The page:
proportional limit. Thus the yield strength or proportional limit,
which are determined by short time tensile tests do not represent
satisfactory criteria for the design of piping systems over the
entire temperature range CREEP RATE or CREEP LIMIT determination
through a large number of long time tensile test of elevated
temperature becomes necessary.

2.3 Thermal and mechanical fatigue:

Failure has occurred when the service become more severe than the
conditions for which the piping was originally designed. Thermal or
mechanical fatigue is usually the most common causes of failures in
high temperature piping systems. Severe localized mechanical stress
have caused or contributed to failures.

Thermal fatigue is caused by frequent change in operating


temperatures of pipeline. Thermal expansion and contraction occur in
all metal components by the change in temperature. Over a long period
this results in thermal fatigue. Hence for best metallurgical
conditions, the temperature of the high temperature piping systems
should be maintained continuously and uniformly as far as possible.

Mechanical fatigue is caused by pipe movement, vibration, restraints


preventing free movement or other conditions.

Continued to
Continued from

BASICS OF PIPE STRESS - 2


BASICS OF PIPE STRESS - 1

3.0 Allowable stress:


From stress strain diagram of a material like carbon steel we know
about yield strength as also ultimate tensile strength. For our
design purpose and allowable stress value is fixed which is based on
a certain factor of safety over the yield strength or ultimate
tensile strength. For higher temperature applications creep strength
also comes in picture. Various codes detail the allowable stress
basis. The basis adopted in ANSI B31.3 and IBR are described herein.
These two codes have the maximum usage among the Indian pipe stress
Engineers for Petrochemical/ Refinery.
3.1 Allowable stress as per ACSI:

As per Petroleum refinery piping code ANSI B31.3 the basic allowable
stress values are the min. of the following values.
a) 1/3 of the minimum tensile strength at room temp.
b) 1/3 of tensile strength of design temp.
c) 2/3 of Min. yield strength of room temp.
d) 2/3 of Min. yield strength at design temp.
e) 100% of average stress for creep rate of O/D 1% per 1000
hrs.

3.2 Allowable Stress as per IBR:

As pe the Indian Boiler Regulations the allowable working stress is


calculated as shown below:

i) For temperatures at or below 454 Deg.C, the allowable stress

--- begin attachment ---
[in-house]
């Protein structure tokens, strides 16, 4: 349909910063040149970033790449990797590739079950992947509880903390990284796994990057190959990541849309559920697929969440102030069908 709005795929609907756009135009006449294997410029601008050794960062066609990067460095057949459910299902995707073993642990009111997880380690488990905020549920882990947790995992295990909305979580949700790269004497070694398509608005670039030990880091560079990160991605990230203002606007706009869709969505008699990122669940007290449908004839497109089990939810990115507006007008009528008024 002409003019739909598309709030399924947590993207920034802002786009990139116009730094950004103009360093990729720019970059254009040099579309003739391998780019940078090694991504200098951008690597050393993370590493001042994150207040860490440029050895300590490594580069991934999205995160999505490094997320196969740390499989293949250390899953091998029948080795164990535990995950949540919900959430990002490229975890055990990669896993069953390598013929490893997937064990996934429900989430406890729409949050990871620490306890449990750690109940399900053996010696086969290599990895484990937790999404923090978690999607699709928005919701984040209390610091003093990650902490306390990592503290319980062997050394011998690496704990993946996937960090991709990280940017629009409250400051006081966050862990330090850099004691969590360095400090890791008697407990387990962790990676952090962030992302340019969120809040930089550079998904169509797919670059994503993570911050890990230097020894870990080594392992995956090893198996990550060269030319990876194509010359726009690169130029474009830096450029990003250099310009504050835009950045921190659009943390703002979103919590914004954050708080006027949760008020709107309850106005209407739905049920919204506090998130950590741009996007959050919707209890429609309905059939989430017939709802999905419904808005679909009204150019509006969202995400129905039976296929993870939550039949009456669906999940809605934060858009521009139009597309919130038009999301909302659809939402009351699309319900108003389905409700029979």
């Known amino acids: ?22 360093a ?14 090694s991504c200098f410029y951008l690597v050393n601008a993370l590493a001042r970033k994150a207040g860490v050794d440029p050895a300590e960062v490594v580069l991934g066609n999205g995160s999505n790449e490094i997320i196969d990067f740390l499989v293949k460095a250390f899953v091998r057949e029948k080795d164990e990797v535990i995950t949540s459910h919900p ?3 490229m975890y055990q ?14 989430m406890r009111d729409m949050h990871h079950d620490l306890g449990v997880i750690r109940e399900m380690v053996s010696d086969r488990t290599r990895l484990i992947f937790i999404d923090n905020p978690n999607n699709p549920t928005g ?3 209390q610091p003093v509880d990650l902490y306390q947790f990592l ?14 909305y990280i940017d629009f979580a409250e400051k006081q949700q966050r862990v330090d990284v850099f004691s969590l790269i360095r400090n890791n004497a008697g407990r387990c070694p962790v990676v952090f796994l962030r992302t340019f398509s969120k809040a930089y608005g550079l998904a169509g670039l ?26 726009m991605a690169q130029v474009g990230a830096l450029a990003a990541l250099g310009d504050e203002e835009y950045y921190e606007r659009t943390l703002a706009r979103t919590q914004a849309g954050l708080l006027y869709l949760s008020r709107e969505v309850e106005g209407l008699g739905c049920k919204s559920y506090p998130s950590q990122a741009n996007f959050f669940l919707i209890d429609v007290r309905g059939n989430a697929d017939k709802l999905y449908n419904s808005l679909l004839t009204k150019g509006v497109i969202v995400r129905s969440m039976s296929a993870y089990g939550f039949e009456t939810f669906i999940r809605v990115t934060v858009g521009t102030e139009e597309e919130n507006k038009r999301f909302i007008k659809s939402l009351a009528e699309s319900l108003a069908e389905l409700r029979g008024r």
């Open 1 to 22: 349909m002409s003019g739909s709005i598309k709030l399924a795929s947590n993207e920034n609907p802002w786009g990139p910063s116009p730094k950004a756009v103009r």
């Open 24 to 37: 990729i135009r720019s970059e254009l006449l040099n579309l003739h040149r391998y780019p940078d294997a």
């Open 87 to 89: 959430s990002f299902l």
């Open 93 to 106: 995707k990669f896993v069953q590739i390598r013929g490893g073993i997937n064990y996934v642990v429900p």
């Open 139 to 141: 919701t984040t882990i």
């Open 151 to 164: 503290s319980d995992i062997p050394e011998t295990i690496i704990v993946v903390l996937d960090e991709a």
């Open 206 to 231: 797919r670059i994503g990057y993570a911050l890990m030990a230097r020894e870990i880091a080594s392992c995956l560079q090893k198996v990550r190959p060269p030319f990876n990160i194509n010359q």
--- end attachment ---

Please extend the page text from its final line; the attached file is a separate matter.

is the lower of the following values:

Et = 1.5 or R = 2.7

ii) For temperatures above 454 Deg.C the allowable stress is lower of
the

Values:

Et = 1.5 or Sr = 1.5

Where
R = Min. tensile strength of the steel at room temp.
Et = Yield point (02% proof stress) at the temp.
Sr = Average stress to produce rupture in 100,000 hrs. at a temp.
and in
No case more than 1.33 times the lowest stress to produce rupture
at temp.
Sc = Average stress to produce an elongation of 1% creep in
100,000 hrs. All these values have been made available

after carrying on repeated laboratory tests on the specimen.

4.0 Allowable stress range:

The stress of a piping system lowers within the elasticity


range in which plastic flow does not occur by self-spring
during several initial cycles even if the calculation value
exceeds the yield point, and thereafter-steady respective
stress is applied. Hence repture in a piping system may be
due to low cycle fatigue. It is well known that fatigue
strength usually depends upon the mean stress and the stress
amplitude. The mean stress does not always become zero if
self spring takes place in piping system but in the ANSI
code, the value of the mean stress is disregarded while the
algebraic difference between the maximum and the minimum
stress namely only the stress range SA is employed as the
criterion of the strength against fatigue rupture.

The maximum stress range a system could be subjected to


without producing flow neither in the cold nor in the hot
condition was first proposed by ARC Mark as follows:

a) In cold condition the stress in the pipe material will


automatically limit itself to the yield strength or 8/5
of Sc because Sc is limited to 5/8th of Y.S. therefore, Ye
= 1.6 Sc.

b) At elevated temperatures at which creep is more likely


the stress in the pipe material shall itself to the
rupture strength i.e. 8/5th

Sh = 1.6 Sh.

Therefore stress range = 1.6f(Sc = Sh)

However, the code limits the stress range conservatively


as 1.25f(Sc + Sh) which includes all stresses i.e.
expansion stress, pressure stress, hot stresses and
any other stresses inducted by external loads such as
wind and earthquake, f is the stress range reduction
factor for cyclic conditions as given below:

To determine the stress range available for expansion


stress alone we subtract the stresses inducted by
pressure stress and weight stress which itself cannot
exceed sh.

Therefore the range for expansion stress only is

SA = f(1.25 Sc + 0.25 Sh)

VALUES OF FACTOR f

Total number of full f factor